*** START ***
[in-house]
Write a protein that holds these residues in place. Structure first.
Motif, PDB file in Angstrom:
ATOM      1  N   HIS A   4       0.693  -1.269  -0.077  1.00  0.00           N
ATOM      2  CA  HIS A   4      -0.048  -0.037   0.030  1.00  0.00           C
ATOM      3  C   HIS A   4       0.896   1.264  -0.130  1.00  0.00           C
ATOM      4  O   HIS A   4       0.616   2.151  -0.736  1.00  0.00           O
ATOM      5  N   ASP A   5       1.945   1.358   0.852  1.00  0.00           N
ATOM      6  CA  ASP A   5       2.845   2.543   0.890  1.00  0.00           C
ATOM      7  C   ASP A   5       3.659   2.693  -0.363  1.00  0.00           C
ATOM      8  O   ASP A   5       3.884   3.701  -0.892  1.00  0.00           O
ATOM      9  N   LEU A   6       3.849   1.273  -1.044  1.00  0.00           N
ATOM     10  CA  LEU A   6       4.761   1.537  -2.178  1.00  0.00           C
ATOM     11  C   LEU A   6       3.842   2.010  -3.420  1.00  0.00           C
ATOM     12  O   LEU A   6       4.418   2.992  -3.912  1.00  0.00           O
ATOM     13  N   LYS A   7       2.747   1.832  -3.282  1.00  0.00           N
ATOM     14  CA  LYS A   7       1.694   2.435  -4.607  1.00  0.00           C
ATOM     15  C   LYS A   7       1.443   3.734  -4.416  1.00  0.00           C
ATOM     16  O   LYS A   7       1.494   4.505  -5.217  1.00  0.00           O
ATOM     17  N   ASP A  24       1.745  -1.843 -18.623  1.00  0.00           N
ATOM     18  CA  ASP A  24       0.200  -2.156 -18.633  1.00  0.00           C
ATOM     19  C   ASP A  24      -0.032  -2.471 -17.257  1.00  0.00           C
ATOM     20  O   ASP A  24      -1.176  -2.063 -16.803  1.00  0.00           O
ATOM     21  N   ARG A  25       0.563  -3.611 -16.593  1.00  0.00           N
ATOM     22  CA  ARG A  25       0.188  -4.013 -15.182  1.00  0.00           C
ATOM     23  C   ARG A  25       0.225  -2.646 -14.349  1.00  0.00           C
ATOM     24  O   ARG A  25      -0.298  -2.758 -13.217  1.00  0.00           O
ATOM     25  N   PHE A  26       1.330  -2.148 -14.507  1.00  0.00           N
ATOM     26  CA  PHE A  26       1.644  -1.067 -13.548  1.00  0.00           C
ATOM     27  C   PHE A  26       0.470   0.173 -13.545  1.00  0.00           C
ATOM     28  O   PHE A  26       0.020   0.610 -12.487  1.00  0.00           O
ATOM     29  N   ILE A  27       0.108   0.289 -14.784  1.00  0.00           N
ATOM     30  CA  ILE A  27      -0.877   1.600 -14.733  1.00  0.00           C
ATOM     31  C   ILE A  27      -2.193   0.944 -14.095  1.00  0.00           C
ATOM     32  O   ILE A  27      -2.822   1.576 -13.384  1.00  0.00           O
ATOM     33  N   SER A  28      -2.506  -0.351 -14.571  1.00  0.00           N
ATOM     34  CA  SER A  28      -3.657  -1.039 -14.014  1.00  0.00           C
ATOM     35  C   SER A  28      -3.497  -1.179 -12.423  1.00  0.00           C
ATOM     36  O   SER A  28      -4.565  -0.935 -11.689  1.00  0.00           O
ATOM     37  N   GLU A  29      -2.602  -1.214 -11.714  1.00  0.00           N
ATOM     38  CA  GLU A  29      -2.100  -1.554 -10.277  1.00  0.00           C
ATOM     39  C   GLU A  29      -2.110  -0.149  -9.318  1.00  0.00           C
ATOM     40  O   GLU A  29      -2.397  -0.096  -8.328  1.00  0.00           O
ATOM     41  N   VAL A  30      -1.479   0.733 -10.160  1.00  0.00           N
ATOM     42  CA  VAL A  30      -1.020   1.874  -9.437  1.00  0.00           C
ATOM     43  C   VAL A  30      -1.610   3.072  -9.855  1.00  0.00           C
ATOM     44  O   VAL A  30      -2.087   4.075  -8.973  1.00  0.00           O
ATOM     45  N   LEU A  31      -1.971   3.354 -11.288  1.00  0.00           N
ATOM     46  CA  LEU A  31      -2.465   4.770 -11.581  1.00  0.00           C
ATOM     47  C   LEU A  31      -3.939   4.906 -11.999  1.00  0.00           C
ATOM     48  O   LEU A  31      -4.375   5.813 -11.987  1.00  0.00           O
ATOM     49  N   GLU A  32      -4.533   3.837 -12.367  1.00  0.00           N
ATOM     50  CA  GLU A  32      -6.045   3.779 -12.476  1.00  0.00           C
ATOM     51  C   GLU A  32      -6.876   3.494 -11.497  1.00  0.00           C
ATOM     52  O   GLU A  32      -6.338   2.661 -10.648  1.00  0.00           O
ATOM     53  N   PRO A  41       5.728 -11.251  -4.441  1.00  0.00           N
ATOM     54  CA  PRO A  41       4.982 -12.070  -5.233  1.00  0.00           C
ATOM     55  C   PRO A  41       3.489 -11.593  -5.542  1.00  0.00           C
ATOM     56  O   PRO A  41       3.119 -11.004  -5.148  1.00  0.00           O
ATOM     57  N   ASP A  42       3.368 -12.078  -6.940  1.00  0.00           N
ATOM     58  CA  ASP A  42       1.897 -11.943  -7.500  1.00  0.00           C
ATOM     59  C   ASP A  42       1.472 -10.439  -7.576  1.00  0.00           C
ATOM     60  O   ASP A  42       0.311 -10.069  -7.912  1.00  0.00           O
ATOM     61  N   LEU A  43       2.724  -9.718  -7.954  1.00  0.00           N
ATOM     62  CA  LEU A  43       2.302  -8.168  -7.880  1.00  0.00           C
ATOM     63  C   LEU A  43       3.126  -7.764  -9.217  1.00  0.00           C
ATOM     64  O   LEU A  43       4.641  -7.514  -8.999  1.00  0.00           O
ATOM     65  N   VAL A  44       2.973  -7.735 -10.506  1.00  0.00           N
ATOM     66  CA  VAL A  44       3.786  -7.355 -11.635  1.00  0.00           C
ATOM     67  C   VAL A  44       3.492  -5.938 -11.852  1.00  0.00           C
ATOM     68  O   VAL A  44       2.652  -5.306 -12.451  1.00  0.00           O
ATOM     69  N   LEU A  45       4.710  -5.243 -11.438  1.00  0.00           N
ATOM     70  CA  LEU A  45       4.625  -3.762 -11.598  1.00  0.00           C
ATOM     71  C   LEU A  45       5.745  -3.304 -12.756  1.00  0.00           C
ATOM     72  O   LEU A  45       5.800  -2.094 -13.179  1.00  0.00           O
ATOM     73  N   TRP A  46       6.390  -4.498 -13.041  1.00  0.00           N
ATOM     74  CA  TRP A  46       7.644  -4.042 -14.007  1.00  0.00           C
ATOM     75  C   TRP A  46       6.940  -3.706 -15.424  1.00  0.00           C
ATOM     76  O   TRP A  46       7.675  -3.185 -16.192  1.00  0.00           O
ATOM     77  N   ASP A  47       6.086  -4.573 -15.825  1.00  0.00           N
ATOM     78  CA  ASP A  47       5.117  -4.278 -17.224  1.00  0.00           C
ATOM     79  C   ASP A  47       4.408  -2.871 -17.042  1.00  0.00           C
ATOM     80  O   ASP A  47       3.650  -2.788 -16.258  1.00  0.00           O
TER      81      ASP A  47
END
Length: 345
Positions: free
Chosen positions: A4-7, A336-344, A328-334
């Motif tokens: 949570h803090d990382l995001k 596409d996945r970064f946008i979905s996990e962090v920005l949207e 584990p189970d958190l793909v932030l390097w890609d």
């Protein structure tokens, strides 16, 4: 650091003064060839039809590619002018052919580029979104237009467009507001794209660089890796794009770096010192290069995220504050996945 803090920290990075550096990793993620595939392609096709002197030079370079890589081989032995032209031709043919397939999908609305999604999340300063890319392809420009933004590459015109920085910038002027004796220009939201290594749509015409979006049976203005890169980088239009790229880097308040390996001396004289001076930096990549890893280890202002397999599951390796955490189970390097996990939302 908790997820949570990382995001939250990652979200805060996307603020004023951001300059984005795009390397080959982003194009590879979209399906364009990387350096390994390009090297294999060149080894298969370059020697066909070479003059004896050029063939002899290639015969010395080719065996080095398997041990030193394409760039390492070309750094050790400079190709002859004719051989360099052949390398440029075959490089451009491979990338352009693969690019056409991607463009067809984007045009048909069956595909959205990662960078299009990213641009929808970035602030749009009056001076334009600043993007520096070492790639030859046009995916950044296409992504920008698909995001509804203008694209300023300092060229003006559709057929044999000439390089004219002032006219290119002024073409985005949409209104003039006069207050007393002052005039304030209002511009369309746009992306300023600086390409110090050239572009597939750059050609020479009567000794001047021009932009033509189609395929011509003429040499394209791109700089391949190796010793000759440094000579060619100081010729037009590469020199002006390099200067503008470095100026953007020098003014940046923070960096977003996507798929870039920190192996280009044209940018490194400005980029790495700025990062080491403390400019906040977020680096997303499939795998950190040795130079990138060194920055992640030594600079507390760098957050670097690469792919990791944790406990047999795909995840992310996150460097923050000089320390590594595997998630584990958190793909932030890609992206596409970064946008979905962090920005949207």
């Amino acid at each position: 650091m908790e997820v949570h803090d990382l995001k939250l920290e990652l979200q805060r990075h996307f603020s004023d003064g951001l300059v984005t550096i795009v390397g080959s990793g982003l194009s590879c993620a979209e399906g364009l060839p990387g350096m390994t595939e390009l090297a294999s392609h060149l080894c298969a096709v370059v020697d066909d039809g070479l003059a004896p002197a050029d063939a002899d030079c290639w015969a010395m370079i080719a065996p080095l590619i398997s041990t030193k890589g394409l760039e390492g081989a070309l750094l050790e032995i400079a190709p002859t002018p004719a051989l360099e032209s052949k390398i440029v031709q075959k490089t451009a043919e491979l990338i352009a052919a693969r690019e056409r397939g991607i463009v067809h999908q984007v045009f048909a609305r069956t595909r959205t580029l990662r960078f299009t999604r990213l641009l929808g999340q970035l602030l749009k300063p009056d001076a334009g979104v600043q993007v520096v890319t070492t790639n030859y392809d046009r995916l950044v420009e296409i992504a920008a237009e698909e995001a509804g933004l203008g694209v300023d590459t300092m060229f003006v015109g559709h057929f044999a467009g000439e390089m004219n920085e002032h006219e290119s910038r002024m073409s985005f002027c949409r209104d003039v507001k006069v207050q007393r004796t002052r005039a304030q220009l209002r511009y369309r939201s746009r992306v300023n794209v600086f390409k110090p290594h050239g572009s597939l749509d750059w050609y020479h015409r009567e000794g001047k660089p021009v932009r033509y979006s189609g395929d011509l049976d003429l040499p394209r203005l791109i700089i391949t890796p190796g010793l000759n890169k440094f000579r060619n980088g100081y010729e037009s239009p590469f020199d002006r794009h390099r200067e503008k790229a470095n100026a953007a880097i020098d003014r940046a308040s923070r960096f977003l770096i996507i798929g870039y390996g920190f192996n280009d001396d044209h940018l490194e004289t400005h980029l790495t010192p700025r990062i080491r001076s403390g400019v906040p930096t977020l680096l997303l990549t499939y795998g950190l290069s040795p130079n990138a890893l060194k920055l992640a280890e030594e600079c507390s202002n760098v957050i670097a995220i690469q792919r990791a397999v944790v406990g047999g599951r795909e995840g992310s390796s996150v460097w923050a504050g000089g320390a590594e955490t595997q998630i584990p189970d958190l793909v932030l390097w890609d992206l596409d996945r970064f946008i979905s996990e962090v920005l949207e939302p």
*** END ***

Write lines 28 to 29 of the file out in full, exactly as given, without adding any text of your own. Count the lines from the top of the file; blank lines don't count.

ATOM     25  N   PHE A  26       1.330  -2.148 -14.507  1.00  0.00           N
ATOM     26  CA  PHE A  26       1.644  -1.067 -13.548  1.00  0.00           C